By Michael E. Miller
By Allie Conti
By David Villano
By Jose D. Duran
By Michael E. Miller
By Allie Conti
By Kyle Swenson
By Luther Campbell
I'm also involved on a national level with the Congress for New Urbanism, which is a group of people from many disciplines who wish to bring urban issues and the design for urban excellence in the future to both an academic agenda and a federal policy agenda. Two congresses will occur in the next year, and we'll be working to continue meeting and bringing ideas of healthy social and economic structure to our cities and regions through our design and policy.
Legendary Miami Beach figure who, with her twin sister Sahara and son Michael, are locally renowned for their dioramas of scenes from pre-Castro Cuba and South Beach
In 1994 we hope to travel to places as far off as Japan. First we have some specific commitments. In January we're going to be in an exhibition at the Art Museum at FIU. It's about folklore in different countries and we're the artists who represent the folklore of Miami. We also represent Cuban folklore of the 1950s. Our three-dimensional works show a scene from Cuba in the Fifties (a plaza, a bus, a young girl of that era, which was our first childhood), or from South Beach, which also has its own very interesting folklore A the Rollerbladers, people carrying surfboards, and celebrities like Arnold Schwarzenegger, who we love and who we include in one of our artworks. South Beach is like a carnival.
The other important thing is that, like always, we're going to participate in Art Deco Weekend. We're going to have an exhibition and we're going to be in the antique car parade. We've been here for 24 years, so we consider ourselves true local artists. We've also just finished a mural at Joe's Stone Crab -- all of the waiters and the regular customers appear in the mural -- and we're there, too, eating crabs.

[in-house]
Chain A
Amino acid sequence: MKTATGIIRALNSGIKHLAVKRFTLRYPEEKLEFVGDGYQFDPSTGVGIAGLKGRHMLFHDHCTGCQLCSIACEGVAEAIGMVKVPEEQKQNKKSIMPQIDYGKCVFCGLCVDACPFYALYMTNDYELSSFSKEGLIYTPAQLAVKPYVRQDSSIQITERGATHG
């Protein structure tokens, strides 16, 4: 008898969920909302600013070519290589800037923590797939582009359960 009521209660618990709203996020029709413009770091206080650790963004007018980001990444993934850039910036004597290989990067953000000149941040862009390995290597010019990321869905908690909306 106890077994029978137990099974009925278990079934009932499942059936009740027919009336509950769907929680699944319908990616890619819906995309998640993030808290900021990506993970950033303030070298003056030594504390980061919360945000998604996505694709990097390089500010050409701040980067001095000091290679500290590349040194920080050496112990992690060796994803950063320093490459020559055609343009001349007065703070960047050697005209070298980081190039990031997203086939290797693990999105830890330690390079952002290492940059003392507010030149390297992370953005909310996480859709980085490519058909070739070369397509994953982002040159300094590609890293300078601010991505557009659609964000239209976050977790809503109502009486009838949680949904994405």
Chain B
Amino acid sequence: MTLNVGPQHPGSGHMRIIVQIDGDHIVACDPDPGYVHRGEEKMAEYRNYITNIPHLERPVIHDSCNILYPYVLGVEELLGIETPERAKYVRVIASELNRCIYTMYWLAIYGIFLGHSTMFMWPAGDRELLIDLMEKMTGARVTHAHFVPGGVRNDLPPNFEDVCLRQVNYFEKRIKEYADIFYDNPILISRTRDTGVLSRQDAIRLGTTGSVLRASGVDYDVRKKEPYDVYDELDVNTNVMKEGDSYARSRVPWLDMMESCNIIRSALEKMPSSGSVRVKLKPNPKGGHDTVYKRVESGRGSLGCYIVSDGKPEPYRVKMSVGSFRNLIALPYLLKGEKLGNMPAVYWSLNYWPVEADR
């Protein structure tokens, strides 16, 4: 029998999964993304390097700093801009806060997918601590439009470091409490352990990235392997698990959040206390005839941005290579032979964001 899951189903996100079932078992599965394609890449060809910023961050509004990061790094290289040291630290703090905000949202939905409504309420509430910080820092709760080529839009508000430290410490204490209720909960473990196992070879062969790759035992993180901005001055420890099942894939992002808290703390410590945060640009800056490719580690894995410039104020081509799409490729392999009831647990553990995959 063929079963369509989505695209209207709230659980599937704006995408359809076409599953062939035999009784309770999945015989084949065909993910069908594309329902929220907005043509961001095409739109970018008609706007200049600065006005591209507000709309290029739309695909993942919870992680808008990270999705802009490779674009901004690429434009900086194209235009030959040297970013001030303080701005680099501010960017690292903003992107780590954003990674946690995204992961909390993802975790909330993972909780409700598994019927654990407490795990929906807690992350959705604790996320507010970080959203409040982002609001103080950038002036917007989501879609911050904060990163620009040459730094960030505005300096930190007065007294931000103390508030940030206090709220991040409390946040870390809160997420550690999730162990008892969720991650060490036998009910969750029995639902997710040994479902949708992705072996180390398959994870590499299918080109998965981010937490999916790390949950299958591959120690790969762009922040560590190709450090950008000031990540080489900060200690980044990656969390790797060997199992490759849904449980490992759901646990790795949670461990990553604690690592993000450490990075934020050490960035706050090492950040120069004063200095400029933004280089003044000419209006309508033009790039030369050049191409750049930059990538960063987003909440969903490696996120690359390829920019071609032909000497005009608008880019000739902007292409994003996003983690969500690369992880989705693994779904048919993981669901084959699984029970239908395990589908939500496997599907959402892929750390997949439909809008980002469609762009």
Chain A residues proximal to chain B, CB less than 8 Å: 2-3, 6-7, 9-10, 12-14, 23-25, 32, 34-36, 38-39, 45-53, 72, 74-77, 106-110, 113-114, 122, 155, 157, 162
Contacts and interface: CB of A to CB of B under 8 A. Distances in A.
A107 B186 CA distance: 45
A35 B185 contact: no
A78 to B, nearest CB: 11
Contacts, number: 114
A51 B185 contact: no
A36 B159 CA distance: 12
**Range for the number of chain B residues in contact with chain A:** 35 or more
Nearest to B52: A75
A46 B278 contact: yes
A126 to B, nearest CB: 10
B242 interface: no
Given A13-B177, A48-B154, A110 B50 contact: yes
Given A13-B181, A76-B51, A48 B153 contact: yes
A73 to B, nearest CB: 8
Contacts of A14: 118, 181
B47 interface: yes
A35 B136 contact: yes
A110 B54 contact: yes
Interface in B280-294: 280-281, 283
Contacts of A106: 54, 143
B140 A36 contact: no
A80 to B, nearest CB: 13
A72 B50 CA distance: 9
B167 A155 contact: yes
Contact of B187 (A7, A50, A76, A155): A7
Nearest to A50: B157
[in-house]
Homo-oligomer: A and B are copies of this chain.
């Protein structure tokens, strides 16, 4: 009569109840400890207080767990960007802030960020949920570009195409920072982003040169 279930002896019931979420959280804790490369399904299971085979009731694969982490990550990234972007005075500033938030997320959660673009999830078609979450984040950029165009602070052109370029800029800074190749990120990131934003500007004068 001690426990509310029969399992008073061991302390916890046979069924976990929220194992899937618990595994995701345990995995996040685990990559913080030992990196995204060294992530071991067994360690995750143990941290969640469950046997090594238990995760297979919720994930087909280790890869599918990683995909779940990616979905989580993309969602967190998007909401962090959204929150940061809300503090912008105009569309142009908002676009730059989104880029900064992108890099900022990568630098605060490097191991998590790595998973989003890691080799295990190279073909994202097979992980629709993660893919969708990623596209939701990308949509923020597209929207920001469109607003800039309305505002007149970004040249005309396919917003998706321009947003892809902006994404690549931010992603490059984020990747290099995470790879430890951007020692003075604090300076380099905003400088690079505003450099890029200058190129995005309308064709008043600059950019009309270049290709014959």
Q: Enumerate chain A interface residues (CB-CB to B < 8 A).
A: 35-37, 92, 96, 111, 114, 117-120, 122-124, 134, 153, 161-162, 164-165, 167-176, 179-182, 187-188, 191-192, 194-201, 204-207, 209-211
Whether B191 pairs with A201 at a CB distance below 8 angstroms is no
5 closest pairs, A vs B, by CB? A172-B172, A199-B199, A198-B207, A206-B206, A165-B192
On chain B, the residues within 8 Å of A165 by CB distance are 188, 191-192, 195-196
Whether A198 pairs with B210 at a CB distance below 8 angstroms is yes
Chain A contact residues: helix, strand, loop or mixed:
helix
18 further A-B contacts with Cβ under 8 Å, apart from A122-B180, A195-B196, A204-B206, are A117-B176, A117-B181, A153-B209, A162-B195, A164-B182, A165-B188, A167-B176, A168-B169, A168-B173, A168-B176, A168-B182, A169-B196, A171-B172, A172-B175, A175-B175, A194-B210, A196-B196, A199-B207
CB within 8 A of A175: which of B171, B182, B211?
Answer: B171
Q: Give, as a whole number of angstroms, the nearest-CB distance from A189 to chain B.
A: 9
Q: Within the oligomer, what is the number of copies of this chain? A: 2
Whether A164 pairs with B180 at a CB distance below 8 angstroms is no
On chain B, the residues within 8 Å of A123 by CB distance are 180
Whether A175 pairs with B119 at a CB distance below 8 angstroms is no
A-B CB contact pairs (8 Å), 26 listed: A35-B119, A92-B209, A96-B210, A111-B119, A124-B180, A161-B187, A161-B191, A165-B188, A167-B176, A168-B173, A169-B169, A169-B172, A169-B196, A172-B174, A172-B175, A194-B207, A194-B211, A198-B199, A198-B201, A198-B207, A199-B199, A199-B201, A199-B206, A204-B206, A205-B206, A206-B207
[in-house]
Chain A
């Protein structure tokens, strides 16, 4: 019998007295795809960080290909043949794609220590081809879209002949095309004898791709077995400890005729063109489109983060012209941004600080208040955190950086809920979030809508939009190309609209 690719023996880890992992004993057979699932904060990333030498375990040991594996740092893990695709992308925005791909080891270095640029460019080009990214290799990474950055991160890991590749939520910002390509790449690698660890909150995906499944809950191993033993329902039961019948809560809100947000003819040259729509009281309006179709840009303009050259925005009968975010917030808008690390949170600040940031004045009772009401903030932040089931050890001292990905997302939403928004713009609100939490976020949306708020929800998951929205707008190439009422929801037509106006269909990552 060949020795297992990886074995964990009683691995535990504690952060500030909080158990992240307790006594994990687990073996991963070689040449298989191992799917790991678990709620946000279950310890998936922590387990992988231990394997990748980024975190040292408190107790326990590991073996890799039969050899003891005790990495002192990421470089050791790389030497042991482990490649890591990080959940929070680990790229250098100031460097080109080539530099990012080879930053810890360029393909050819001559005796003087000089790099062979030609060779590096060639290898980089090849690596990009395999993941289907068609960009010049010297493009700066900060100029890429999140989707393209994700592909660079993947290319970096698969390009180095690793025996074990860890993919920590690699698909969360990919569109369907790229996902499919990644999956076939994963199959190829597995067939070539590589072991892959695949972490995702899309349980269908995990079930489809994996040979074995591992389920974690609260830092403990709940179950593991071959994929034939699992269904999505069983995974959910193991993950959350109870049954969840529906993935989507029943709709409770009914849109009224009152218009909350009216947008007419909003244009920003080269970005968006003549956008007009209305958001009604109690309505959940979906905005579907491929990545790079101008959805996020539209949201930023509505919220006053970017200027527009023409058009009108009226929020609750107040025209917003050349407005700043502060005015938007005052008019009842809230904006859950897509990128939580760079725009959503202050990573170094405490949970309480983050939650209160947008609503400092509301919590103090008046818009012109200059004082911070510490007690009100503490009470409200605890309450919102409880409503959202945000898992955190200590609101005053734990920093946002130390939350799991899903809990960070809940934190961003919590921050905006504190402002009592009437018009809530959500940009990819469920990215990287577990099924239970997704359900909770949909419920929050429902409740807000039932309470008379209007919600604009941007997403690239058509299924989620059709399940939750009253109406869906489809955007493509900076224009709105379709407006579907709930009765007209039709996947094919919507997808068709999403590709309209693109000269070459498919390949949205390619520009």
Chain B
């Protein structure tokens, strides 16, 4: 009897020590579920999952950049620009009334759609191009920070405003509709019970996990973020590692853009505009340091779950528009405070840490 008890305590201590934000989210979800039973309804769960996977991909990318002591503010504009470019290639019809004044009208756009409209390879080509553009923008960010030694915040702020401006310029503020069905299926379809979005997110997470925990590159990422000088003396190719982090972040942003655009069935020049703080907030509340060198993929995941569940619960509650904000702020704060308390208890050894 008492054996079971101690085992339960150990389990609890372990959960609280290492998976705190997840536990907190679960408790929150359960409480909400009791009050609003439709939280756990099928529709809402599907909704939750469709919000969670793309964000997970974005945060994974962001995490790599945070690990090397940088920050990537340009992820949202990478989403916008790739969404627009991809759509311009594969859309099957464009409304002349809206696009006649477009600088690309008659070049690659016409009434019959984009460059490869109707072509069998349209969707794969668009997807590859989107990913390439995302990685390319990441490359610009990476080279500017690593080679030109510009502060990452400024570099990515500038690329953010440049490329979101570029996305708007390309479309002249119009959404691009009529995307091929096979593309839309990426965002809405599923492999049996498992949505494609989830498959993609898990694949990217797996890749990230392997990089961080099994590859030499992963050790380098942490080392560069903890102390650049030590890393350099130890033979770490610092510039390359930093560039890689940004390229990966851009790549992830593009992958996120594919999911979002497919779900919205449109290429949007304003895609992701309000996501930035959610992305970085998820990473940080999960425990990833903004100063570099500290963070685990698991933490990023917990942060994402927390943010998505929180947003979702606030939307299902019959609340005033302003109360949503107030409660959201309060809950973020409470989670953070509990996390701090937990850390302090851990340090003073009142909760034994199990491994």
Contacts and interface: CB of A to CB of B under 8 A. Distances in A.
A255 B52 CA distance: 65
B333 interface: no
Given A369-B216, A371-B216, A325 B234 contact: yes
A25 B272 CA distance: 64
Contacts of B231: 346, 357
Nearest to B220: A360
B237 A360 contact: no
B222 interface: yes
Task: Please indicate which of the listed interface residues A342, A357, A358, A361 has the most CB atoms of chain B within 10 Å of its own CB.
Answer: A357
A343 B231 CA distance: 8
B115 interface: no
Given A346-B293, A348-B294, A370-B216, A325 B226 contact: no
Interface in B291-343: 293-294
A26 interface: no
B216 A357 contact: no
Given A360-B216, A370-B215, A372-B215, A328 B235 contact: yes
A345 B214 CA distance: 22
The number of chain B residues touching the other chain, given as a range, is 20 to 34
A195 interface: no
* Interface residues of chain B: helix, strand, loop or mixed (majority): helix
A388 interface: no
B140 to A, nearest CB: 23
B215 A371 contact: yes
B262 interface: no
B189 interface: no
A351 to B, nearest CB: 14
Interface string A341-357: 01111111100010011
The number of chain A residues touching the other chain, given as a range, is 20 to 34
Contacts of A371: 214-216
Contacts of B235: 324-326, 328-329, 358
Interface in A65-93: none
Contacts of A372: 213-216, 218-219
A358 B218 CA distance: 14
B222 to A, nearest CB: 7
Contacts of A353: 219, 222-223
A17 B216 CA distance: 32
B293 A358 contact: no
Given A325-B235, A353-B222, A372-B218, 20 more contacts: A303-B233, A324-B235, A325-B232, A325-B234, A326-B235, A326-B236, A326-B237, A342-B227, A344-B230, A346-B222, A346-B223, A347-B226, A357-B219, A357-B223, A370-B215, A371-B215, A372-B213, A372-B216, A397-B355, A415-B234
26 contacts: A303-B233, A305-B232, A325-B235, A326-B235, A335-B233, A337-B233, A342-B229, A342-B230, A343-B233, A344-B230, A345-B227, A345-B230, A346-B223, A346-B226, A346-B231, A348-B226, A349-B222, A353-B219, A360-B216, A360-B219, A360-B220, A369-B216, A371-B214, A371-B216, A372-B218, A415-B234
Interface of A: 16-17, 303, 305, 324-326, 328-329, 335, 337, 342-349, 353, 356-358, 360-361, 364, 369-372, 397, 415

Our dream is to have a show that would include all of the outfits that we've worn in the past. We have a huge collection of dresses and accessories that we don't wear any more, but they signify very dear moments for us. We'd like to show these along with our most popular works and offer the public typical Cuban things like guarapo, and a drink that we've been dreaming about called tutti-frutti that mixes many colors and flavors -- just like us.
Singer and percussionist, leader of the ten-member Haitian music and dance group Koleksyon Kazak
Right now we don't have any dates set in town, but we're working in the studio to have an album next year. We're looking for shows. In Miami I think it is difficult. We play mostly festivals; there aren't so many places to play. It's not like New York. The clubs don't have a lot of money to pay.
We're going to stay in Miami, but we'd really like to travel. Last year we went to festivals in Atlanta and New Orleans and that was a great experience, so we're trying to get more festivals in the U.S. and elsewhere. I used to have a drumming group in Haiti; we'd do theater and tell poetry. We've done that several times for the Haitian community. We're working on a video project of a play we did in Creole, written by a well-known Haitian poet named Georges Castera, but right now we don't have the money to finish it.
The dream is to find a record deal with a company. I'd like to help my family with my music.
Internationally celebrated Spanish dancer and choreographer, director of the Miami-based Ballet Espanol Rosita Segovia
There's something very important that I'm working full-speed on - that's the opera in February. I'm choreographing two pieces for the Miami Opera. One is Manuel de Falla's El amor brujo. It's the original version from 1914 that's only been performed once before. The other is de Falla's La vida breve. It's really going to be our night and I'm very concerned now because some of the dancers are coming over from Spain to begin rehearsals and we have to arrange their visas and everything.
And then I'm doing my own dance concert at the Gusman at the end of February. We'll be performing a contemporary work with Spanish dancing, called Mediterraneo, performed by the London Symphony Orchestra. So we're moving ahead with the times. I'm of the opinion that one should move ahead.
Cuban artist and lecturer who formerly taught at Miami-Dade and was director of the Dade County Art in Public Places Program from 1985-90
My plans are to stay away from the art systems as they are right now. No galleries, no museums, no bourgeois collectors -- dedicate some time to my own head. I want time to read and work on various things.
I've already busted my behind all these years teaching and doing the public art thing and all that. I owe it to myself to spend some time in the spirit of rethinking exactly what it is that art does for society and for individuals. I'm really exploring the subject very judiciously, reading philosophy and sociology and some books that explore what an artist is. It's much too easy to go to Pearl and buy art supplies and face the blank canvas. I refuse to go to the art-supply store.